Ethnonational identity has some good sides, but it is essentially and ultimately negative because it is a group identity which suppresses individual identity and inhibits those individuals from being integrated fully and equally into a larger, corporate and unified identity. Ethnonational identity, as the basis for ethnonationalism and racism, is itself a primary source of human conflict and tragedy. However, the mere persistence of ethnonational identity in human history demonstrates that it most likely will remain for many decades or even centuries to come as a phenomenon of human identity (at least until the nation-state system is replaced or transcended). It must, therefore, be tolerated and accepted within human society as a strictly non-political cultural construct, but it should not be permitted to take any precedence over the larger, greater ’meta-national’ (i.e. multi-ethnic nation-state or global) identity or any of the other more important human identities, including basic individual ones and regional community ones. Thus, all ethnic groups must be held as tertiary or lesser identities in human society and all given equal treatment in every situation so that none can be favored over another or set in competition to one another. Restoration, preservation and/or strengthening of ethnonational identities do not deserve to be categorized as moral-ethical issues. Their priority status should remain low on the scale and should even be avoided in many cases because of their negative, dangerous, tertiary, and non-essential character. If ethnonational identities are weakened, dissolved, or done away with, it is merely the natural outcome of (amoral) historical processes and should not be of deep concern; it may even for the better. However, in order to accommodate them in the present it is good to offer recognition of and appreciation for their uniqueness strictly at the cultural level in ways that maintain their proper distinction from any and all political identity or power.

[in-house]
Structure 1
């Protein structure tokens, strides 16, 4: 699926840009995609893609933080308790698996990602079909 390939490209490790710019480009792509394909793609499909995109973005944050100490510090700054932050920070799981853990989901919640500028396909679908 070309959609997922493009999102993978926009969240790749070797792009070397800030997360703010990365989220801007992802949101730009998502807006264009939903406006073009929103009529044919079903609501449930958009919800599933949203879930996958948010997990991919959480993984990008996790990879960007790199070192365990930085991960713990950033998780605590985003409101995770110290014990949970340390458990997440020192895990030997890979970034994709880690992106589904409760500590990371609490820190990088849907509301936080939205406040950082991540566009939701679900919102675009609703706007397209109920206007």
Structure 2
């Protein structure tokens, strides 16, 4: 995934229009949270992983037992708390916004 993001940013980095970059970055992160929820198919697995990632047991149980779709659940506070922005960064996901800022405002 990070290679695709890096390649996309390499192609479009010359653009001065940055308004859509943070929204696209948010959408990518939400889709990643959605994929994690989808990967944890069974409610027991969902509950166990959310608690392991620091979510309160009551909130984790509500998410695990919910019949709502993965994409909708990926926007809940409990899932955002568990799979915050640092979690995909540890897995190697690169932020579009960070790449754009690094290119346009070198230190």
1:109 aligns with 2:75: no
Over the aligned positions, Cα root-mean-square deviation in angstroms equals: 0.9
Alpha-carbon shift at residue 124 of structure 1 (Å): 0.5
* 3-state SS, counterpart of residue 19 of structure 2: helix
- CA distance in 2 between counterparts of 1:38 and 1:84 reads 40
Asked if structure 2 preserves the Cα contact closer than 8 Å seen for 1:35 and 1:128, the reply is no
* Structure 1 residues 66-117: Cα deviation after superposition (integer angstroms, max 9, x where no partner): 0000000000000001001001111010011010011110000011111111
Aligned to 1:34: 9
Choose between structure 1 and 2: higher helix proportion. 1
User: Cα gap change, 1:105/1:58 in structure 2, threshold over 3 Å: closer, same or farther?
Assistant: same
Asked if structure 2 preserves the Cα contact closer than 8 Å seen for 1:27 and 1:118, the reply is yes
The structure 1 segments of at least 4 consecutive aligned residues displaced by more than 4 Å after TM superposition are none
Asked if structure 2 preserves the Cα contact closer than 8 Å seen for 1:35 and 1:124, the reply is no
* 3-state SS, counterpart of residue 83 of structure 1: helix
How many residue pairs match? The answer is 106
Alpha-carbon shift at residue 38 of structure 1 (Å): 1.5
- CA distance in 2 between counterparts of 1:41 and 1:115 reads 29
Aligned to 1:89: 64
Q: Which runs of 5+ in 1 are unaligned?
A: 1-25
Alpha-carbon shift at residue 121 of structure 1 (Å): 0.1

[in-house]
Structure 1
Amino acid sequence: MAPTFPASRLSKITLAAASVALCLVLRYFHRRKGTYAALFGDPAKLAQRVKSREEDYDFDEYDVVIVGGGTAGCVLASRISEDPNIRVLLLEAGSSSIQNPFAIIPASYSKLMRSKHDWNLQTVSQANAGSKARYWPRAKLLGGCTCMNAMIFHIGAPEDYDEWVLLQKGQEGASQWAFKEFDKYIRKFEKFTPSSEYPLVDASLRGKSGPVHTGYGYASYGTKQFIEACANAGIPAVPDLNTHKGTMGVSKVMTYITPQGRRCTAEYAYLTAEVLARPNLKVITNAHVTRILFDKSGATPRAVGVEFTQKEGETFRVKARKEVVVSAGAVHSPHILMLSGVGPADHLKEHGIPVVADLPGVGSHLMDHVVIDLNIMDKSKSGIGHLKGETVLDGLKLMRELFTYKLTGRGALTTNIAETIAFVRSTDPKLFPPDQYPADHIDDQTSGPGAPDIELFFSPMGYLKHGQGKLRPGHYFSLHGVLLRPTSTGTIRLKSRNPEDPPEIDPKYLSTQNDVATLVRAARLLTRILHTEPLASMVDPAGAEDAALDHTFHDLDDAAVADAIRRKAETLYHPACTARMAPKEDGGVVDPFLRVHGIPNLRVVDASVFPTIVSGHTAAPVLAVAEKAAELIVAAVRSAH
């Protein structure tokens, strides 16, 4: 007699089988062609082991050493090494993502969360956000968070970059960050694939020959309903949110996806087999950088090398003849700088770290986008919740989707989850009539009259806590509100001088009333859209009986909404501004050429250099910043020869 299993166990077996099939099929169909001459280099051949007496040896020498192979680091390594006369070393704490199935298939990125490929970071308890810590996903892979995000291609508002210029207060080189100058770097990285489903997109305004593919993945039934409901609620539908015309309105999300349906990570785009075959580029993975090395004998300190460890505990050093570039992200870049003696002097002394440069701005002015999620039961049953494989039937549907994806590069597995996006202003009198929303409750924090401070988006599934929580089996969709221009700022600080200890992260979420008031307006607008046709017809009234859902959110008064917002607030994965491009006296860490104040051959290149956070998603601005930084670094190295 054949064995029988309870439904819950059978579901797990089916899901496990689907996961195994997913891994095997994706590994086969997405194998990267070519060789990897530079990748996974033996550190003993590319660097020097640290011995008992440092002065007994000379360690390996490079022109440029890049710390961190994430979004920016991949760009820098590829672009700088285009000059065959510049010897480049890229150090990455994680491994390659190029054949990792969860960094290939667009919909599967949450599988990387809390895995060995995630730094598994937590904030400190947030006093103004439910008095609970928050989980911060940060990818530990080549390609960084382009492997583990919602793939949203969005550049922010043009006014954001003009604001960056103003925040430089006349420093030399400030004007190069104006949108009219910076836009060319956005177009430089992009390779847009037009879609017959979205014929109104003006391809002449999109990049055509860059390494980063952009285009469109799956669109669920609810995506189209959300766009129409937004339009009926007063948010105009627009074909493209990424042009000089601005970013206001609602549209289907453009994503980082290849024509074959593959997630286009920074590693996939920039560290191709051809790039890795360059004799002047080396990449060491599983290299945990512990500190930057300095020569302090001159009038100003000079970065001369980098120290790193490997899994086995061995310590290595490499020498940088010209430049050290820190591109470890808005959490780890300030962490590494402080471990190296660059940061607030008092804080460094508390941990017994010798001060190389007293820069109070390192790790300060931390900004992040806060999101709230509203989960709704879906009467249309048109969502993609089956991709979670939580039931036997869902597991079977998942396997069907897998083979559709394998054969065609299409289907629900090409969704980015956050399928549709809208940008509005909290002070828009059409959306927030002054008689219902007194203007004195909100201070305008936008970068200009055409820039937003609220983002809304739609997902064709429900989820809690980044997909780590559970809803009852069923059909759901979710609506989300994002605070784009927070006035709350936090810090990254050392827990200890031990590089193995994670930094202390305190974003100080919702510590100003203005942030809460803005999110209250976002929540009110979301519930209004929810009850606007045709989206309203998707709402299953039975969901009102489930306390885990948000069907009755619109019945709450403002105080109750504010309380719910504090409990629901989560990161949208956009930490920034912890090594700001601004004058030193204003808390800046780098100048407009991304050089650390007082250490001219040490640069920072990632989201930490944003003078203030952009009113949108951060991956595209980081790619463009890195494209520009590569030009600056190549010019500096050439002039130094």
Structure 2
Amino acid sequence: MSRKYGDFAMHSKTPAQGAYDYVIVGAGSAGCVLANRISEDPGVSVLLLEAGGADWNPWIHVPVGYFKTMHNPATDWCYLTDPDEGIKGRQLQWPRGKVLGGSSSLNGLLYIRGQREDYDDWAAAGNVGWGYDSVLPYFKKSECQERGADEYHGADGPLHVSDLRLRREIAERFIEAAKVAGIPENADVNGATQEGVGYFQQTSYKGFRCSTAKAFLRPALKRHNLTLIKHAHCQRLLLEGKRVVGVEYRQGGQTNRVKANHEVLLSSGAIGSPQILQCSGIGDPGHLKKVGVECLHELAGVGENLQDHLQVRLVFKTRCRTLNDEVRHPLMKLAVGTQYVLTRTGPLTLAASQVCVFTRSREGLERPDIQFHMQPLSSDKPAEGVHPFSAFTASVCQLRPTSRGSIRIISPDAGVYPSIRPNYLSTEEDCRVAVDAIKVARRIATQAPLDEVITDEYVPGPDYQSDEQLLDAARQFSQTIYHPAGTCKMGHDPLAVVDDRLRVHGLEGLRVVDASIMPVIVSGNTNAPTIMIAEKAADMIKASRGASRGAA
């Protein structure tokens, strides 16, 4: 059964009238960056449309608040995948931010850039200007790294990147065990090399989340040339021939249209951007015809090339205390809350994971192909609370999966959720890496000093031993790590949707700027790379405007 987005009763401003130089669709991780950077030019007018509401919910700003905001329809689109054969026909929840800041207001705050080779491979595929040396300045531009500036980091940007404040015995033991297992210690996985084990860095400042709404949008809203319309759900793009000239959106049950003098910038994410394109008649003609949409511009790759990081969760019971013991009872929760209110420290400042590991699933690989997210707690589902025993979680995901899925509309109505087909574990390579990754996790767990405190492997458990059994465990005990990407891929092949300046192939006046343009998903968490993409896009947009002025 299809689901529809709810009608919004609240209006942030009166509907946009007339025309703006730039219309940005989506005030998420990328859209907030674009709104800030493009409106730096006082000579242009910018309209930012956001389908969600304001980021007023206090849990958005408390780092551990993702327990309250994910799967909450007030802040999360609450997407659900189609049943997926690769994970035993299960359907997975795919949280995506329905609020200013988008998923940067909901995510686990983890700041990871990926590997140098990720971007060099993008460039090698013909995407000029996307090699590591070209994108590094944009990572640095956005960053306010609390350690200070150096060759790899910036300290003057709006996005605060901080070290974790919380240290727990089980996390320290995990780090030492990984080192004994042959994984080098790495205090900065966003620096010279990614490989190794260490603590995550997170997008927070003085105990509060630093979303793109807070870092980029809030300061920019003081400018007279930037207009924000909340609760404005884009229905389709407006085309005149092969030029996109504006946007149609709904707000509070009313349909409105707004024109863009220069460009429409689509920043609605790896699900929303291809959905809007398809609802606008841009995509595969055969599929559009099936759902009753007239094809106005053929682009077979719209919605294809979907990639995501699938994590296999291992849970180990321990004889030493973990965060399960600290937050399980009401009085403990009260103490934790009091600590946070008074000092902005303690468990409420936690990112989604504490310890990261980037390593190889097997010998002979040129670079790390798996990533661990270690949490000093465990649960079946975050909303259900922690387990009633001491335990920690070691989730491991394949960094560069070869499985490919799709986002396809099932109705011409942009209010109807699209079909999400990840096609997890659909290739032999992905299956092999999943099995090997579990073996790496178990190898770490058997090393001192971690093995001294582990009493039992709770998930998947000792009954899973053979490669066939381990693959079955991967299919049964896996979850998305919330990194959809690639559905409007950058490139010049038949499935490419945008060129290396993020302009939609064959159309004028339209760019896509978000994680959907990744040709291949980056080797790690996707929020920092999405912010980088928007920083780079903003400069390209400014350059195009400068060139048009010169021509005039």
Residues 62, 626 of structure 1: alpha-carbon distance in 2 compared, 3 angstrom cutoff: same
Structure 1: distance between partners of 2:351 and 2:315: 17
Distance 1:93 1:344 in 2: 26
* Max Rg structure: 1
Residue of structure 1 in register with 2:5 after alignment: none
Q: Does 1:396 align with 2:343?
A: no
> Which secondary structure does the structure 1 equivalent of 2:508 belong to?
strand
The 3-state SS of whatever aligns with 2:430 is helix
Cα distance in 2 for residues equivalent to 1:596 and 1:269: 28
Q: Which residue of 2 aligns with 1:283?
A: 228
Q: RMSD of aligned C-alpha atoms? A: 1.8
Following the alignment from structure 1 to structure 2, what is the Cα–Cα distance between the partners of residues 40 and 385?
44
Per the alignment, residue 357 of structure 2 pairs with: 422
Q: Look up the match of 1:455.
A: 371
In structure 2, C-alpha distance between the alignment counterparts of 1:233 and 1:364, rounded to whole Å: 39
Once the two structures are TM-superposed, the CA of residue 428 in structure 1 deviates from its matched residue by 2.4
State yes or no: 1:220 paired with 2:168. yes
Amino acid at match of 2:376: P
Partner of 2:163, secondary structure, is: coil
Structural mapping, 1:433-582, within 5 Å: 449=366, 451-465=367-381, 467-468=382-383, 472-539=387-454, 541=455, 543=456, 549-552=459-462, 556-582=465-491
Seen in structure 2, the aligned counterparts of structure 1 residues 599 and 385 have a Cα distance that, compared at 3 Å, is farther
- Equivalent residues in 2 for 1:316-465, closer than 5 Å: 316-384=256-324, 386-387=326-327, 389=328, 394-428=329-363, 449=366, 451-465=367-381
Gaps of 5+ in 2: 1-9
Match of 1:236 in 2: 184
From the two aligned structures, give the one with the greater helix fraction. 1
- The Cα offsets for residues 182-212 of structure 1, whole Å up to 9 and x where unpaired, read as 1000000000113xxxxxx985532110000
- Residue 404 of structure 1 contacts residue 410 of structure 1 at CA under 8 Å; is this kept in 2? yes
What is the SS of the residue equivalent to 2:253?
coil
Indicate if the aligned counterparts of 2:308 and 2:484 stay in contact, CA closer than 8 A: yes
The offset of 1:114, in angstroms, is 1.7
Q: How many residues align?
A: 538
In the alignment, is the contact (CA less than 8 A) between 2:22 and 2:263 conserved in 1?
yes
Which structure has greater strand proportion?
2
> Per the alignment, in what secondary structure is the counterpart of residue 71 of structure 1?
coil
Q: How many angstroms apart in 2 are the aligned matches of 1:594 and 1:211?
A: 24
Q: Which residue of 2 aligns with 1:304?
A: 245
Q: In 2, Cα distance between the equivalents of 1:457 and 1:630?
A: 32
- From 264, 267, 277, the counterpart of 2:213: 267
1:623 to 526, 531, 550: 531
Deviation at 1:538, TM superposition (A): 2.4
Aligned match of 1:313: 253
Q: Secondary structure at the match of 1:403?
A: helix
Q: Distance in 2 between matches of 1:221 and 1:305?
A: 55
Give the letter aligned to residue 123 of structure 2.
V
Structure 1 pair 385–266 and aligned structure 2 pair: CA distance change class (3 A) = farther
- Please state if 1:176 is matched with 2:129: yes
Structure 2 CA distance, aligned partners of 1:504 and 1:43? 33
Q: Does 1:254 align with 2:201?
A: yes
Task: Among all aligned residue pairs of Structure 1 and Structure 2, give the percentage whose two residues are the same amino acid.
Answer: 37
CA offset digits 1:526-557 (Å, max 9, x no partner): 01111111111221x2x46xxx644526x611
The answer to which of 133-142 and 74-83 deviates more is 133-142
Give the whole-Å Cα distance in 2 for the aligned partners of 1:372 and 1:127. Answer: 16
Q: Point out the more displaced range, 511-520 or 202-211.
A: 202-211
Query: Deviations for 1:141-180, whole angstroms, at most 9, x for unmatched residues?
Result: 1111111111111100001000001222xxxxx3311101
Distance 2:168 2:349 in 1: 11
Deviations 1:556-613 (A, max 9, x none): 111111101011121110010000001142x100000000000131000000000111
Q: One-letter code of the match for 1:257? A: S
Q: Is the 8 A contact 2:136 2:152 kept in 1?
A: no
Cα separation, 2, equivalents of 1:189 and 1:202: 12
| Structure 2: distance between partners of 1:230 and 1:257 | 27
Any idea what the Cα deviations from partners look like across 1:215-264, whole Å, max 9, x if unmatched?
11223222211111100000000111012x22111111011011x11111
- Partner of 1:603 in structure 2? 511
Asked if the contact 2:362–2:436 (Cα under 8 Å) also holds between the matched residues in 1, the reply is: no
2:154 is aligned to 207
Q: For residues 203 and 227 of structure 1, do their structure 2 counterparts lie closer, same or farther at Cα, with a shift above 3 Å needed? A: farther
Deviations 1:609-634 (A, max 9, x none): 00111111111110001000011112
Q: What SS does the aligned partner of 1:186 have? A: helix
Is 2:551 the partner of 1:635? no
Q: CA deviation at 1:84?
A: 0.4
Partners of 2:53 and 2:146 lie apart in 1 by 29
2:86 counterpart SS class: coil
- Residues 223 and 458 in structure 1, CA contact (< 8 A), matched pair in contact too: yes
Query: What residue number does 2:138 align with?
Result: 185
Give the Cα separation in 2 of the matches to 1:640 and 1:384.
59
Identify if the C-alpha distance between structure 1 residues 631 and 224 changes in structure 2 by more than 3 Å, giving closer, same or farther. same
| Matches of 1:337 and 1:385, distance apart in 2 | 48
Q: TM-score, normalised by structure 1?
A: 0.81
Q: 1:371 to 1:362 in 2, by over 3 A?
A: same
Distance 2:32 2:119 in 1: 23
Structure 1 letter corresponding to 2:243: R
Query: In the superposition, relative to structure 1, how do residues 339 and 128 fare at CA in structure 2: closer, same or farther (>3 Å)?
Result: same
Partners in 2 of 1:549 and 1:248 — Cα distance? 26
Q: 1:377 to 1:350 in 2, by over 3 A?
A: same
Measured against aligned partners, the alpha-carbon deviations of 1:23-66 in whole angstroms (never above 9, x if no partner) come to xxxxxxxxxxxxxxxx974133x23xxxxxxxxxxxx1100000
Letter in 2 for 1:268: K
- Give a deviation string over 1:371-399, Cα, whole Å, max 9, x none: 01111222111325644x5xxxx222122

The Paradigm of ’Perfect’ Neutrality: Preferred Internationalism/Globalism